And if a company engages in accounting techniques that deliberately obfuscate assets and liabilities, is any crack-down on such practice before the company implodes “regulation”?

  7. twv:

    But how do anti-fraud libertarians deal with a company that used fraudulent techniques as basic operating procedure?

    Help me out here. As opposed to pro-fraud libertarians?

    I’m going to assume that you haven’t really thought out your question.

    Perhaps you meant, how do libertarians who are not averse to any regulation deal with an Enron.

    Well, you kind of answered your own question. Enron was committing fraud. Therefore, they were breaking existing rules. Maybe you’re asking a question about oversight?

    The question they usually asked by the pro-regulation left is, how do you deal with a company that dupes the public where no regulations exist, therefore what they do can’t be legally considered fraud?

    One could argue we have that situation in our economy now: banks that weren’t breaking any laws, but were leveraging themselves many times over their reserves on questionable investments.

    The answer there lies in “moral hazard”.

    We don’t have an unregulated market. We have a heavily regulated market. Our market is flood-walled with regulations. Therefore, we are blind to rising waters and pay no attention to them until they’re dangerously high. IN other words, we’re insulated from early market signals which would normally flag a questionable situation.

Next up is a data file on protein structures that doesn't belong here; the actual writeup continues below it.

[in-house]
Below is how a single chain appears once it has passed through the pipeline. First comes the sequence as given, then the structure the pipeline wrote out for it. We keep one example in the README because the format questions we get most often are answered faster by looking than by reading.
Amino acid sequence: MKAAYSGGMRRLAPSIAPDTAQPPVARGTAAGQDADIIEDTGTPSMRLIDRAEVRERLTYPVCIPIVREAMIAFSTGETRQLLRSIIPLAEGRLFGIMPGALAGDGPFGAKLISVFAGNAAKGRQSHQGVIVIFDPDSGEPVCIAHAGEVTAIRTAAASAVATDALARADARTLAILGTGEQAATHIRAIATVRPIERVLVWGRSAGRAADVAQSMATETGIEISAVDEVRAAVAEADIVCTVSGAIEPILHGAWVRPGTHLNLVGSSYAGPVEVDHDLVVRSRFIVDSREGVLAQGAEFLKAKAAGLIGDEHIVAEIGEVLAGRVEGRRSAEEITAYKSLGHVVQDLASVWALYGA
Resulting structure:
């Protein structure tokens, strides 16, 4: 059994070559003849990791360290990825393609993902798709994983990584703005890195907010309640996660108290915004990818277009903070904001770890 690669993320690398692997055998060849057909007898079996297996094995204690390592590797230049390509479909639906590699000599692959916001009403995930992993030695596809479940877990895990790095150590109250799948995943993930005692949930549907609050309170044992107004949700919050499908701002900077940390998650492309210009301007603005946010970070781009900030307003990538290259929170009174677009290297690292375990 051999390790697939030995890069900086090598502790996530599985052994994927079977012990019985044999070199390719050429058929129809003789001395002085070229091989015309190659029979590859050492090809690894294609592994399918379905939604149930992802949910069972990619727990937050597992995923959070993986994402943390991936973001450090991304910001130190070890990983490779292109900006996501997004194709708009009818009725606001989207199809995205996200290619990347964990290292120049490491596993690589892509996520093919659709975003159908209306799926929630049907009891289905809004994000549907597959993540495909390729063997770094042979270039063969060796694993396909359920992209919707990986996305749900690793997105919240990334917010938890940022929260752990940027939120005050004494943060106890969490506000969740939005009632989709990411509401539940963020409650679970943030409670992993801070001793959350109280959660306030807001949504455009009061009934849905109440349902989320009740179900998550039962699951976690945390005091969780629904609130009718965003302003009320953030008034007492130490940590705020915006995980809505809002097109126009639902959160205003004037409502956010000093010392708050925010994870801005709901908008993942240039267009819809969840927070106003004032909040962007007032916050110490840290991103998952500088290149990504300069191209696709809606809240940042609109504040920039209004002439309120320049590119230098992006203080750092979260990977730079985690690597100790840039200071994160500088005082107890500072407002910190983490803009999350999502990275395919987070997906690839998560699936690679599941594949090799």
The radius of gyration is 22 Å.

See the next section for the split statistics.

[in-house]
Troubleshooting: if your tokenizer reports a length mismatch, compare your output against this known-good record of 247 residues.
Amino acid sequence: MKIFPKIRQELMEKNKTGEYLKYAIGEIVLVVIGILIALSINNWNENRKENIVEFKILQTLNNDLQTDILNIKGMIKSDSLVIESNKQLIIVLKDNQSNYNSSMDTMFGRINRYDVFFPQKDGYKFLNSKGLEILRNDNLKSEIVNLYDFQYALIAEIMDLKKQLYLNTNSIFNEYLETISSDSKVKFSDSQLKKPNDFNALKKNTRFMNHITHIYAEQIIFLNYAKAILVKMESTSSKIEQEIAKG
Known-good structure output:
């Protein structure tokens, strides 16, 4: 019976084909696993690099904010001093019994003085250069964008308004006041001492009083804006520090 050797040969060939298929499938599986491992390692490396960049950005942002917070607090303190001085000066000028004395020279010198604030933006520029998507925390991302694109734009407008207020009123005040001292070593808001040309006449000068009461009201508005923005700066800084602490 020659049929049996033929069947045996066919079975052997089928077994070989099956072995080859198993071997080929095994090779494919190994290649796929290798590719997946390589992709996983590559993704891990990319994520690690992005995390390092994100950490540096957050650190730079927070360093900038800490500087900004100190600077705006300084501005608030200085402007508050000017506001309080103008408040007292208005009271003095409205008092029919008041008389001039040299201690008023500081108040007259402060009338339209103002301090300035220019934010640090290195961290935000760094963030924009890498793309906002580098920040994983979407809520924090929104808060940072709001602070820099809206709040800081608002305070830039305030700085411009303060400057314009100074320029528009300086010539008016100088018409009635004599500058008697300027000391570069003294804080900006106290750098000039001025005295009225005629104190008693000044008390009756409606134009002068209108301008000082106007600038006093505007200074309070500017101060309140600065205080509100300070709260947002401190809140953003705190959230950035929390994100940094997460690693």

8. PIRATES!!!

  9. Well Obama hasn’t been advised by Enron’s Paul Krugman yet has he?

  10. I have to say, I’m not all that impressed by this guy. He makes a lot of really broad statements without addressing the counter-points.

    I’ll put it this way, it’s not one of the many vids that I would feel really comfortable sharing with my liberal friends.

    And another thing, so what if Obama’s energy plan is the same as Enron’s? Enron got in trouble for bad accounting not bad energy solutions. (or maybe I missed something.) It seems like he’s trying to connect Obama to Enron, as if to say there is something intrinsically wrong with there being a parallel. It’s like he’s using “Enron” as a bad word. I agree with him, but it has nothing to do with Enron specifically, it has to do with excessive intervention.